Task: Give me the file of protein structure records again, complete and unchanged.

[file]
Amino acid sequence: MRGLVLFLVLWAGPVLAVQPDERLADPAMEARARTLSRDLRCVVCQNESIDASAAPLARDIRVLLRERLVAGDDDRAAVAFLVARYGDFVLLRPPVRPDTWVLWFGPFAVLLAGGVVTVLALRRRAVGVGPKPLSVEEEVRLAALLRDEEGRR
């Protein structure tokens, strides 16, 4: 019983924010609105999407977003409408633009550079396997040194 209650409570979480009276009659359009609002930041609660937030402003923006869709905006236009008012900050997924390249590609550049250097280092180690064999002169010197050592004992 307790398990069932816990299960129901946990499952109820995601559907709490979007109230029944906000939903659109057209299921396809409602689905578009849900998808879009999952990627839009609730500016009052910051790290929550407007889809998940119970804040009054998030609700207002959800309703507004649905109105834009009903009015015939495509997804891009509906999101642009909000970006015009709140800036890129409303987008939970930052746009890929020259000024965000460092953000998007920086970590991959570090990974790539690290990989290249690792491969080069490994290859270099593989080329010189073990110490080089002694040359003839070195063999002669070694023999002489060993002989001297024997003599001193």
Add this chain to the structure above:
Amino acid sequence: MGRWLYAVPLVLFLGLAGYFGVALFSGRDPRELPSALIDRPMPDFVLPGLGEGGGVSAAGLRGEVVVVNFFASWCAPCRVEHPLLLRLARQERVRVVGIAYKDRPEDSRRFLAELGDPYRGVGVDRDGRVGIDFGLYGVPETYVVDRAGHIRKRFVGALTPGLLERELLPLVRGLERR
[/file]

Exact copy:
Amino acid sequence: MRGLVLFLVLWAGPVLAVQPDERLADPAMEARARTLSRDLRCVVCQNESIDASAAPLARDIRVLLRERLVAGDDDRAAVAFLVARYGDFVLLRPPVRPDTWVLWFGPFAVLLAGGVVTVLALRRRAVGVGPKPLSVEEEVRLAALLRDEEGRR
């Protein structure tokens, strides 16, 4: 019983924010609105999407977003409408633009550079396997040194 209650409570979480009276009659359009609002930041609660937030402003923006869709905006236009008012900050997924390249590609550049250097280092180690064999002169010197050592004992 307790398990069932816990299960129901946990499952109820995601559907709490979007109230029944906000939903659109057209299921396809409602689905578009849900998808879009999952990627839009609730500016009052910051790290929550407007889809998940119970804040009054998030609700207002959800309703507004649905109105834009009903009015015939495509997804891009509906999101642009909000970006015009709140800036890129409303987008939970930052746009890929020259000024965000460092953000998007920086970590991959570090990974790539690290990989290249690792491969080069490994290859270099593989080329010189073990110490080089002694040359003839070195063999002669070694023999002489060993002989001297024997003599001193």
Add this chain to the structure above:
Amino acid sequence: MGRWLYAVPLVLFLGLAGYFGVALFSGRDPRELPSALIDRPMPDFVLPGLGEGGGVSAAGLRGEVVVVNFFASWCAPCRVEHPLLLRLARQERVRVVGIAYKDRPEDSRRFLAELGDPYRGVGVDRDGRVGIDFGLYGVPETYVVDRAGHIRKRFVGALTPGLLERELLPLVRGLERR